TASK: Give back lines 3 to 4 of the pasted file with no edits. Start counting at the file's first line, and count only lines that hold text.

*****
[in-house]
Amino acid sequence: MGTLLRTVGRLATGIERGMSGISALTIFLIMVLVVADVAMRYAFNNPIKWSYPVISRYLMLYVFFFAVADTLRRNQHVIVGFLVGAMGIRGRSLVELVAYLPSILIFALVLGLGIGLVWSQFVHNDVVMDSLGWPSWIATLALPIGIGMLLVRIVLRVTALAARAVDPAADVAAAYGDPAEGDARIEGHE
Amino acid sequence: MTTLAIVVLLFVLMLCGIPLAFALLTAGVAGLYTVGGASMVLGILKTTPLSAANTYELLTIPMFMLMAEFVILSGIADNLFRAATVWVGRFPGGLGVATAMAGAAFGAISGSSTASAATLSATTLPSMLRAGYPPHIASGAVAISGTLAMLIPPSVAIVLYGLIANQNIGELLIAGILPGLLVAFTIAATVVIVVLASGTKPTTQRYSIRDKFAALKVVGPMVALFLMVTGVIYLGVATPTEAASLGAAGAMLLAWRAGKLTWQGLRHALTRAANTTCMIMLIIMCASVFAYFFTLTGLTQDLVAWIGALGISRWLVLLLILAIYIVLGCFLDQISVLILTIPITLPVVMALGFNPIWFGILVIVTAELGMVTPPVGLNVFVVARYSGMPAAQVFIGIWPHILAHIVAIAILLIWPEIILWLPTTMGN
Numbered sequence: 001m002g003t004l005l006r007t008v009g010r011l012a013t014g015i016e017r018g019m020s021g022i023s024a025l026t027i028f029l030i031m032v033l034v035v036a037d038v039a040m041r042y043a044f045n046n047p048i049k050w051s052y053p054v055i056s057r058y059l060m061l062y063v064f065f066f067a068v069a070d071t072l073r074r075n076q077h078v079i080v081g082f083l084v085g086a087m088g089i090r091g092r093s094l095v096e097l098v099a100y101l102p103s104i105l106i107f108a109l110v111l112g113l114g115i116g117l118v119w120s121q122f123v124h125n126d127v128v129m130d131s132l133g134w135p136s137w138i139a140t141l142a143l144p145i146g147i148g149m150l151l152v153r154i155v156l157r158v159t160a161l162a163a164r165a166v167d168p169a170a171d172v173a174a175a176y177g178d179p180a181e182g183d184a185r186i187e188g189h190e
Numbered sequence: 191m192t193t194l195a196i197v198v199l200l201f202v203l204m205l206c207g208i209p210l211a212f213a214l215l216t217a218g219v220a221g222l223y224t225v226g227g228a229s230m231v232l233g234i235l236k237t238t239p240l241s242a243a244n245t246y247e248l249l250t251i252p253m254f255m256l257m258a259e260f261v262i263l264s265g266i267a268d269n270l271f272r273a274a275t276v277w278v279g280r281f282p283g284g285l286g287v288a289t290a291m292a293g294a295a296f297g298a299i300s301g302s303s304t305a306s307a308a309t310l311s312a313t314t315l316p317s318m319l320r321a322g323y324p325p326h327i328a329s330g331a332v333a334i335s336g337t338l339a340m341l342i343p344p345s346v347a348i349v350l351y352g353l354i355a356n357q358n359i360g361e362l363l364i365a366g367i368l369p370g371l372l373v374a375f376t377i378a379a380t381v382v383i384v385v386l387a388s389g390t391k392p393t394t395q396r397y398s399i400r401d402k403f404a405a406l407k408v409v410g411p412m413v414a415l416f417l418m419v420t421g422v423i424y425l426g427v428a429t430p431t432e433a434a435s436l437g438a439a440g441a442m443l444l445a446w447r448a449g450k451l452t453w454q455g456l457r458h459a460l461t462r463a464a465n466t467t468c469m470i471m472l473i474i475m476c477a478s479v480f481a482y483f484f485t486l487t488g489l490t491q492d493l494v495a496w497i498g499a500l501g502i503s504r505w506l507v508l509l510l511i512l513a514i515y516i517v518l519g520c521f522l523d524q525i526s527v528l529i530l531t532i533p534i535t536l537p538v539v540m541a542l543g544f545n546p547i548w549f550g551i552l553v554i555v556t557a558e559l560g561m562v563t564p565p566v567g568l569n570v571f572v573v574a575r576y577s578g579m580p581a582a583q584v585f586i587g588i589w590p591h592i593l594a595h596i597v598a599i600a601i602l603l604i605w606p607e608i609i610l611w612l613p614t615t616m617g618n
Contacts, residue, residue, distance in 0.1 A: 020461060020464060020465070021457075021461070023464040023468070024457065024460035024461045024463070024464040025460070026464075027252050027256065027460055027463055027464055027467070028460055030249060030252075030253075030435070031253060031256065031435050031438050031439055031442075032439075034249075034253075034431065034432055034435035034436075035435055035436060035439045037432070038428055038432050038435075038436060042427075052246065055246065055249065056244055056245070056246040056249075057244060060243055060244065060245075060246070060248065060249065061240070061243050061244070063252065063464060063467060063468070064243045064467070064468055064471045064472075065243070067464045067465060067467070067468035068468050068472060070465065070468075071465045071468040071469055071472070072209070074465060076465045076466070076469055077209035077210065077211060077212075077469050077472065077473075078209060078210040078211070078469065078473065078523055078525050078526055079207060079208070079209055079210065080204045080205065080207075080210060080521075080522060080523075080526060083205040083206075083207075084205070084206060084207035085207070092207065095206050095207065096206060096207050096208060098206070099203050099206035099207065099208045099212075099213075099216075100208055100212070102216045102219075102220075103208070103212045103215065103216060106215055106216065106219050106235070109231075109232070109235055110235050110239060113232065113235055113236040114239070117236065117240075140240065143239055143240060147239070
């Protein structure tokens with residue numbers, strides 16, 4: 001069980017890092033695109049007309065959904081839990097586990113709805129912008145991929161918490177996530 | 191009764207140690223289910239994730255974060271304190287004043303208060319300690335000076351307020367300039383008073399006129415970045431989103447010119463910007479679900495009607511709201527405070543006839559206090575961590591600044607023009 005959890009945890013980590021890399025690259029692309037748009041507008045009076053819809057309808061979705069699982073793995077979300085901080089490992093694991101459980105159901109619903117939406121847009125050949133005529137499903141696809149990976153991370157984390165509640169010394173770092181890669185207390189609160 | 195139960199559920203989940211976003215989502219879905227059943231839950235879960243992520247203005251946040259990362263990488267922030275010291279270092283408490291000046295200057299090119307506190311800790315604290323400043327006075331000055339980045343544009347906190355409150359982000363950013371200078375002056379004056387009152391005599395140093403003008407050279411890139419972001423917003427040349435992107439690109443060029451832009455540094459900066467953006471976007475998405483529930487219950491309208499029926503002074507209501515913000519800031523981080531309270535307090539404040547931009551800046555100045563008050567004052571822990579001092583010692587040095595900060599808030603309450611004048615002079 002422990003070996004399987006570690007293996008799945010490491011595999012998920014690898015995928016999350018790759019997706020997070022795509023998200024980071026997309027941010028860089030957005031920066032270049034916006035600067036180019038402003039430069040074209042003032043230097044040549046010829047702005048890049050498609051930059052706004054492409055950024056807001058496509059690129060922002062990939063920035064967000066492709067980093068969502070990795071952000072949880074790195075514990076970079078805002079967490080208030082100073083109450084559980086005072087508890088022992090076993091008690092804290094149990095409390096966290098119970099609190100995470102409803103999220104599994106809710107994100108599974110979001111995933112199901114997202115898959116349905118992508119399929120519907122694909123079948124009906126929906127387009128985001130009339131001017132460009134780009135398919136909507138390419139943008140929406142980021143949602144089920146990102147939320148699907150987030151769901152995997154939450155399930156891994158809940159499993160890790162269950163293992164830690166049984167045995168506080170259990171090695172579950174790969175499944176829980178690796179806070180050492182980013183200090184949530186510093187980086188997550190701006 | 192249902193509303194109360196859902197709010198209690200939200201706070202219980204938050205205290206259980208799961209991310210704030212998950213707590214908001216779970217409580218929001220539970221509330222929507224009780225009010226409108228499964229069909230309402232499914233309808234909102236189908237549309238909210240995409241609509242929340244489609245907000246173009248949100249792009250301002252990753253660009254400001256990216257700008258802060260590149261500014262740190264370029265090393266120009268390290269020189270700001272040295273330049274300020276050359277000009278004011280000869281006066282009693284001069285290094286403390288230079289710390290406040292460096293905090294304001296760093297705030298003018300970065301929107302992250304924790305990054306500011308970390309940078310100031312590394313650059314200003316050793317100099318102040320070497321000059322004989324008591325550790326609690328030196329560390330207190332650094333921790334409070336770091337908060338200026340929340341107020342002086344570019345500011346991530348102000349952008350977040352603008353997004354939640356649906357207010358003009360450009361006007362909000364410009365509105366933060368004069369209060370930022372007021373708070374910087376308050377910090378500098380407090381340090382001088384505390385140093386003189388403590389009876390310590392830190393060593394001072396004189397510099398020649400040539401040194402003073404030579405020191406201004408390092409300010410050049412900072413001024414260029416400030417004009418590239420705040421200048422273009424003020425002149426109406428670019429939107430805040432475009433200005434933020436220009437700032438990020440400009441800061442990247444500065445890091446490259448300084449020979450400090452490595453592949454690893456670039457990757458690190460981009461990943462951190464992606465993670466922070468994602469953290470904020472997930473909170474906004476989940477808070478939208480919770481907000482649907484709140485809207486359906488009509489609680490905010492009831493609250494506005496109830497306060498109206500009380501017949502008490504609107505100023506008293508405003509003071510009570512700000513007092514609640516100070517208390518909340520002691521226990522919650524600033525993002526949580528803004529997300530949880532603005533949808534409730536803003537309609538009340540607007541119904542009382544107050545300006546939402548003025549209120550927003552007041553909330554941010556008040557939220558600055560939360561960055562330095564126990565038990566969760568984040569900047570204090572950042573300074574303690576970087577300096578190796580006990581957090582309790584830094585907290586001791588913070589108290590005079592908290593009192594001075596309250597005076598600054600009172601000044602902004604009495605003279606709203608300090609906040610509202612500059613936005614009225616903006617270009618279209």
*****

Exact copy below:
Amino acid sequence: MTTLAIVVLLFVLMLCGIPLAFALLTAGVAGLYTVGGASMVLGILKTTPLSAANTYELLTIPMFMLMAEFVILSGIADNLFRAATVWVGRFPGGLGVATAMAGAAFGAISGSSTASAATLSATTLPSMLRAGYPPHIASGAVAISGTLAMLIPPSVAIVLYGLIANQNIGELLIAGILPGLLVAFTIAATVVIVVLASGTKPTTQRYSIRDKFAALKVVGPMVALFLMVTGVIYLGVATPTEAASLGAAGAMLLAWRAGKLTWQGLRHALTRAANTTCMIMLIIMCASVFAYFFTLTGLTQDLVAWIGALGISRWLVLLLILAIYIVLGCFLDQISVLILTIPITLPVVMALGFNPIWFGILVIVTAELGMVTPPVGLNVFVVARYSGMPAAQVFIGIWPHILAHIVAIAILLIWPEIILWLPTTMGN
Numbered sequence: 001m002g003t004l005l006r007t008v009g010r011l012a013t014g015i016e017r018g019m020s021g022i023s024a025l026t027i028f029l030i031m032v033l034v035v036a037d038v039a040m041r042y043a044f045n046n047p048i049k050w051s052y053p054v055i056s057r058y059l060m061l062y063v064f065f066f067a068v069a070d071t072l073r074r075n076q077h078v079i080v081g082f083l084v085g086a087m088g089i090r091g092r093s094l095v096e097l098v099a100y101l102p103s104i105l106i107f108a109l110v111l112g113l114g115i116g117l118v119w120s121q122f123v124h125n126d127v128v129m130d131s132l133g134w135p136s137w138i139a140t141l142a143l144p145i146g147i148g149m150l151l152v153r154i155v156l157r158v159t160a161l162a163a164r165a166v167d168p169a170a171d172v173a174a175a176y177g178d179p180a181e182g183d184a185r186i187e188g189h190e